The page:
Joshua: Just to walk into Bryant Park for the last season of Fashion Week shows was unbelievable. Once we saw the sign for Mercedes Benz Fashion Week we were all in shock. We hugged when we realised our dreams had come true. For the Gottex show I was ‘on-com’, on a headset, running the Media Check-in. Seeing the crowds trying to scam their way backstage was insane. There was one gentleman who claimed he was working for a huge newspaper, which I won’t name, but he didn’t have any of the credentials. My directions were to not let him in. He started calling me names when I stone-faced told him he wasn’t coming in. He started taking my picture and getting threatening to the point I thought he might hit me, but I calmly got security to escort him out. The other PR interns were like, ‘I can't believe how well you handled that’. I definitely enjoyed the free champagne and seeing all the celebs and models during Fashion's Night Out. And getting to play photographer for the day shooting Gucci and Prada models.
Kaitlyn: I met the most amazing people and worked with a very talented designer. Watching the Ports 1961 show sitting in the editors’ seats was amazing and inspiring. As was going out and seeing how alive New York becomes for special events. Although some of my favourite moments were having power naps in an empty room in the Gottex office.
Jenn: It was phenomenal! It’s a whole other ballgame, compared to Vancouver. This is the world stage. I had dinner with Ve Neill. I chatted with Iman. I’ll never forget the big cheer backstage after the Gottex show was finished.
BMC: How did your time at Blanche Macdonald prepare you for your experiences in New York?
Kaitlyn: Every course I did at Blanche Macdonald helped me with this internship. We used our knowledge of Textiles when figuring out what paint would stick to leather. I used Sewing when I helped with some hand beading for the show. And we used Awareness and Elements when we were writing descriptions of the garments and the model dressing cards. Design classes prepared me for the unexpected. You never know what kind of obstacles you’re going to run into. I learnt at Blanche that whatever happens, it all has to be done by the deadline.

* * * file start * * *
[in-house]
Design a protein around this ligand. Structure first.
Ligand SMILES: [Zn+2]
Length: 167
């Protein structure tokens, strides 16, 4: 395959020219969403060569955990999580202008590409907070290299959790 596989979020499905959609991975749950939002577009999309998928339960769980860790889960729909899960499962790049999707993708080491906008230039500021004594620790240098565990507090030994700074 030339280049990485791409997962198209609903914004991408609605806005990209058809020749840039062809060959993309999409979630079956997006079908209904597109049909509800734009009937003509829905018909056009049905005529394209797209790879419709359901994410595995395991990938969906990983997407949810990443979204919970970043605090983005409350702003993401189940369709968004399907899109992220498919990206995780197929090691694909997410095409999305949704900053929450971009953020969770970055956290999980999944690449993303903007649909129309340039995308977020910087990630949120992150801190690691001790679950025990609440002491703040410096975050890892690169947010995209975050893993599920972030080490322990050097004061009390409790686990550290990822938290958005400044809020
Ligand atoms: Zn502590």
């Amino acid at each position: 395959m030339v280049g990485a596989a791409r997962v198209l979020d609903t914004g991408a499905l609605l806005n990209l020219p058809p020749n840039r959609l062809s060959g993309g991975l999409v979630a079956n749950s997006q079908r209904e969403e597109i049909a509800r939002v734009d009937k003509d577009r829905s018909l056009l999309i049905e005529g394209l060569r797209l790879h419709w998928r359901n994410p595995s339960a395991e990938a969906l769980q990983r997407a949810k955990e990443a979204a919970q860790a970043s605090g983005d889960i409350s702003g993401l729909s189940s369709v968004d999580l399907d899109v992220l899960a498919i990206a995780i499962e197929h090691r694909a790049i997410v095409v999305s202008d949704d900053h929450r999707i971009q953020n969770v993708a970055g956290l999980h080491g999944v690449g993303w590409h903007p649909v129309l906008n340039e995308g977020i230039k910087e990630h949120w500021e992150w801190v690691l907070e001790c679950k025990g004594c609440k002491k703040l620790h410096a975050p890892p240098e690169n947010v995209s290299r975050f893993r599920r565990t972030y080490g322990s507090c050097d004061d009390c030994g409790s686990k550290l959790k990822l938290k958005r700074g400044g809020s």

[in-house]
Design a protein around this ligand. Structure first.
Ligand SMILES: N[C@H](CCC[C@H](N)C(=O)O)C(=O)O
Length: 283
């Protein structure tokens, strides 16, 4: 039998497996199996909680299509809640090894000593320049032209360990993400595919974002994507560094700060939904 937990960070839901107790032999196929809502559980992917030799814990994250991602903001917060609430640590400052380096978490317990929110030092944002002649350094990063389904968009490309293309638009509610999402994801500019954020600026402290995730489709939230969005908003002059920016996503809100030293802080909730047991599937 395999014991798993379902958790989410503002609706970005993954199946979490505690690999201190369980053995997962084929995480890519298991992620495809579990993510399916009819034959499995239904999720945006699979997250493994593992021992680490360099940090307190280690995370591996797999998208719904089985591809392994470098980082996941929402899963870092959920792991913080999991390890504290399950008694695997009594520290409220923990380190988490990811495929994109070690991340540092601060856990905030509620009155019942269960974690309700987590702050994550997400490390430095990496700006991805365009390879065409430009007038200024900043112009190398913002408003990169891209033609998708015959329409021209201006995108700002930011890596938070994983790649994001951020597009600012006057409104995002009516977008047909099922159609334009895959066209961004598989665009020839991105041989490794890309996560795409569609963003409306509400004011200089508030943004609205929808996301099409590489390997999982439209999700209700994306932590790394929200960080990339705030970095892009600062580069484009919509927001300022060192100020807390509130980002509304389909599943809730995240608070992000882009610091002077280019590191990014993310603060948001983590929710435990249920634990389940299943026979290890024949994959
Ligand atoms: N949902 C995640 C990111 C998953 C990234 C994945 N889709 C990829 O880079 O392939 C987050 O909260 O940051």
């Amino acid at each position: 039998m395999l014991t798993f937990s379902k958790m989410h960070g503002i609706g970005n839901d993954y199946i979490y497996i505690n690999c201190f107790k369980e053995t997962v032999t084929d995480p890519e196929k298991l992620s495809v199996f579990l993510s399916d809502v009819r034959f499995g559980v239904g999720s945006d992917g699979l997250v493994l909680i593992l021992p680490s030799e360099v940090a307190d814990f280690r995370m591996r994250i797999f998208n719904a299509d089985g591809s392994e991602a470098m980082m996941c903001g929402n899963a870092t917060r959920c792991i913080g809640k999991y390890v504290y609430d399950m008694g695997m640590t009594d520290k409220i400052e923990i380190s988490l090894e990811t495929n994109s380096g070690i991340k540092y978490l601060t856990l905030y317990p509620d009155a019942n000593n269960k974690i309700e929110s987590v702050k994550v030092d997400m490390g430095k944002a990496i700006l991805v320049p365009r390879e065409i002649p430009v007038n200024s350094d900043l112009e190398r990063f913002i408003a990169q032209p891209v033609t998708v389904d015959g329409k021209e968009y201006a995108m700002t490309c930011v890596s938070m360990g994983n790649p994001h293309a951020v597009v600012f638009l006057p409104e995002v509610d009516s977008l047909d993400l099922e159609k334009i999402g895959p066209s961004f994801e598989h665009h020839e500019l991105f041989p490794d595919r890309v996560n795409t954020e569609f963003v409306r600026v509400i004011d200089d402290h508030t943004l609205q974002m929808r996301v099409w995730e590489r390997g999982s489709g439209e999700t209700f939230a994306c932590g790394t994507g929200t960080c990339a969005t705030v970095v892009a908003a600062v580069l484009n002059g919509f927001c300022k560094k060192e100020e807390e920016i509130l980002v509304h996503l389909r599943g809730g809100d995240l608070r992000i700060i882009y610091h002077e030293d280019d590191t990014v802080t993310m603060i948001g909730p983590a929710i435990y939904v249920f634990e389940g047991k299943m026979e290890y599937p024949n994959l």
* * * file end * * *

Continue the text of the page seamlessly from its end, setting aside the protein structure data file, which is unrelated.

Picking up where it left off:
Jenn: Blanche Macdonald gave me an awareness of the process involved – from the initial sit down with the client, to creating the critical path timeline to the actual event management and completion.
Joshua: I used a lot of skills I learnt at Blanche. PR and Events, Fashion Show Production, Elements, Textiles, Effective Communication and Fashion Styling – all these courses had information we used during the course of the internship.
BMC: What did you learn from your internship experience and what advice would you pass on to students wanting to get involved with the fashion industry?
Joshua: You need patience. You have to really be conscious about the purpose. This is New York Fashion Week; an experience thousands of people would kill for. You can’t start at the top. You have to work your way up. But hard work gets noticed. Don’t go in with the expectation that it’s going to be easy and you’ll have a lot of time to hang out. The hours are long and it can be frustrating at times, but in the end when you see the journey, it’s profound. New York has a way of changing your thinking. It gives you a bigger picture to aspire to. I came back from New York glowing, feeling reborn into someone even stronger and more determined.
Jenn: It’s better to be solution-focused that to whine and complain about frustrations. Never accept dead ends. Pursue creative alternatives to solve problems. Even though it’s crucial to get things done, it’s important to treat people with grace at all times, regardless of how stressful the situation may become. Adaptability is key. You are there to help out. No divas allowed! My advice would be to do your research about New York Fashion Week and the PR world. Volunteer and work in as many shows and events as you can while you’re in Vancouver.
Kaitlyn: I learnt that it’s important in this industry to be able to work with different personalities. I also learnt to improve my problem solving skills. There were so many times when something didn’t work out how we thought it would. We’d have to think of new solutions quickly. Most importantly, I learnt about the time and effort that goes into a show. My advice would be that the more experience you have, the better your chance of getting an internship. Be realistic. Know your strengths and weakness. No one knows everything and no one expects you to. Just go in with a willingness to learn and work harder then you’ve ever worked before.